At 15, Dubliner and self-described tomboy Alison Canavan was entered into a modeling competition by her mother. It marked the start of a whirlwind career that found her traveling the globe, featured in the pages of international fashion magazines, walking runways for leading designers, and living the high life in cultural hubs like New York City, Paris, and London. But there was a shadow of sadness following her, which had emerged in her teens and haunted her throughout her twenties. And it was made worse by the nonstop partying lifestyle she threw herself into, with alcohol her drug of choice.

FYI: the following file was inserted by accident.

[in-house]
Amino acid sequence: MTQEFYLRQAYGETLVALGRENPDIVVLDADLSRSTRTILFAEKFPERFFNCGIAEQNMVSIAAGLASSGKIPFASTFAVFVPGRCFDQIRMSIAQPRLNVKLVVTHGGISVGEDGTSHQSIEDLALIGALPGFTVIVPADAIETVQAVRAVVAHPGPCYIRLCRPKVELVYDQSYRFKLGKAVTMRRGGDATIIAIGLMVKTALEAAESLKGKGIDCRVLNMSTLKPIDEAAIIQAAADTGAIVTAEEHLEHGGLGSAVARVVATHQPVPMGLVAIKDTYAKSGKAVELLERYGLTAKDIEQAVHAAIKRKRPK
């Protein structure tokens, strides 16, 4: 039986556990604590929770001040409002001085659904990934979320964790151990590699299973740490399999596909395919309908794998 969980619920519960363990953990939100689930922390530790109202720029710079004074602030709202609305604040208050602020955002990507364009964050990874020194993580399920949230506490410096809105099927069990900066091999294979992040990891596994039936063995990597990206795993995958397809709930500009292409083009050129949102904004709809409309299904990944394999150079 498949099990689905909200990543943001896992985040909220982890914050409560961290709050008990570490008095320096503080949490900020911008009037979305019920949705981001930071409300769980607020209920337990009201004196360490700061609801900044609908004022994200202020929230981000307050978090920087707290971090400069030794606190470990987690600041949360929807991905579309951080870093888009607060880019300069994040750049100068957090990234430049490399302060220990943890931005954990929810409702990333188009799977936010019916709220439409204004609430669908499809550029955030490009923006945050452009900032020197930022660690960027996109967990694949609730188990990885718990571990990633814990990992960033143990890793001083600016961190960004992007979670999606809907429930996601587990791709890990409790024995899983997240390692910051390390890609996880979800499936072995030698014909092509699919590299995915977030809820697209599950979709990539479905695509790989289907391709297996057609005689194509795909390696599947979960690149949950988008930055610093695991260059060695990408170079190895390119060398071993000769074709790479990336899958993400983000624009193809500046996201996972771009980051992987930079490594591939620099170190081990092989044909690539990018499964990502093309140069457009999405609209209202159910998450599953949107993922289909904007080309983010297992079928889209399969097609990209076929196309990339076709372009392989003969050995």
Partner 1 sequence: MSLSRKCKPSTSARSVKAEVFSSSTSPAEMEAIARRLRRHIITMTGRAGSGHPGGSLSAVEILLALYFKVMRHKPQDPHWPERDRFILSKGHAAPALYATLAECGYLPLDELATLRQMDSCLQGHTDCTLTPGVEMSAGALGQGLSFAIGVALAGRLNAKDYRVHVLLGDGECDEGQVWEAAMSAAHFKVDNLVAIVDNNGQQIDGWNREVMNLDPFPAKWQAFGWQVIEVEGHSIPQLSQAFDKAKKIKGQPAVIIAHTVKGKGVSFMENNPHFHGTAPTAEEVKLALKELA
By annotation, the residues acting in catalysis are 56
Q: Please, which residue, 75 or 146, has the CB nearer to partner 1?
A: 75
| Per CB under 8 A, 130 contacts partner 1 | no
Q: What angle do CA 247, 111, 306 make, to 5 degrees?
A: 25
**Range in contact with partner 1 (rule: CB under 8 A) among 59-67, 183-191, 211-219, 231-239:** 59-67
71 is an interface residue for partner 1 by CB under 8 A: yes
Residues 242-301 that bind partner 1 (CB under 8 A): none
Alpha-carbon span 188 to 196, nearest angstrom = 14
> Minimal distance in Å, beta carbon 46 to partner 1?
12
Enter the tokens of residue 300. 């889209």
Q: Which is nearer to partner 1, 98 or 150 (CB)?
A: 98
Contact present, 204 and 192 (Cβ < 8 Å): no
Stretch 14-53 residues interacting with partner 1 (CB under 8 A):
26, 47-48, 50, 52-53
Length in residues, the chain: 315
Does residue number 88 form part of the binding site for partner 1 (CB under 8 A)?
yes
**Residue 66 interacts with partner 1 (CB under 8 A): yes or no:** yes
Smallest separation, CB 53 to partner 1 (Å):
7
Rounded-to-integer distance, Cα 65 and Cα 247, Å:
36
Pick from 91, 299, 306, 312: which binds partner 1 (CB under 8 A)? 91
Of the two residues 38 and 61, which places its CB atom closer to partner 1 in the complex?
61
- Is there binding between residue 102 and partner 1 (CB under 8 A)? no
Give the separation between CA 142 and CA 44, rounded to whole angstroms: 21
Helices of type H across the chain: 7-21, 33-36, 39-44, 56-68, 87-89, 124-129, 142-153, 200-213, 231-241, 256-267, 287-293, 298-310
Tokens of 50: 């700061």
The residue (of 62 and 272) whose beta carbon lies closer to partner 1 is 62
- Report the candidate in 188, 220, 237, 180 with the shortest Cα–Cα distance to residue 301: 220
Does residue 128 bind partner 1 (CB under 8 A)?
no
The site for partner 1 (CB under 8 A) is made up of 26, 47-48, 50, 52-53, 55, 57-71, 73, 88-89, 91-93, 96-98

When she drank, she says, “I felt free, I felt good, I had confidence, and I had no worries.” Drinking soon became her obsession: when she could drink, how much she could drink, feeling remorse about something she’d done while drinking—that is, when she could remember what had happened. She tried to stop on occasion, including by attending AA meetings, but couldn’t admit she belonged there. As the years wore on, her “lows got lower,” she recalls. She began relying on Xanax “just to leave the house and get on the subway,” and took Valium to sleep. “Whenever I felt an emotion, I swallowed it with a pill,” she says.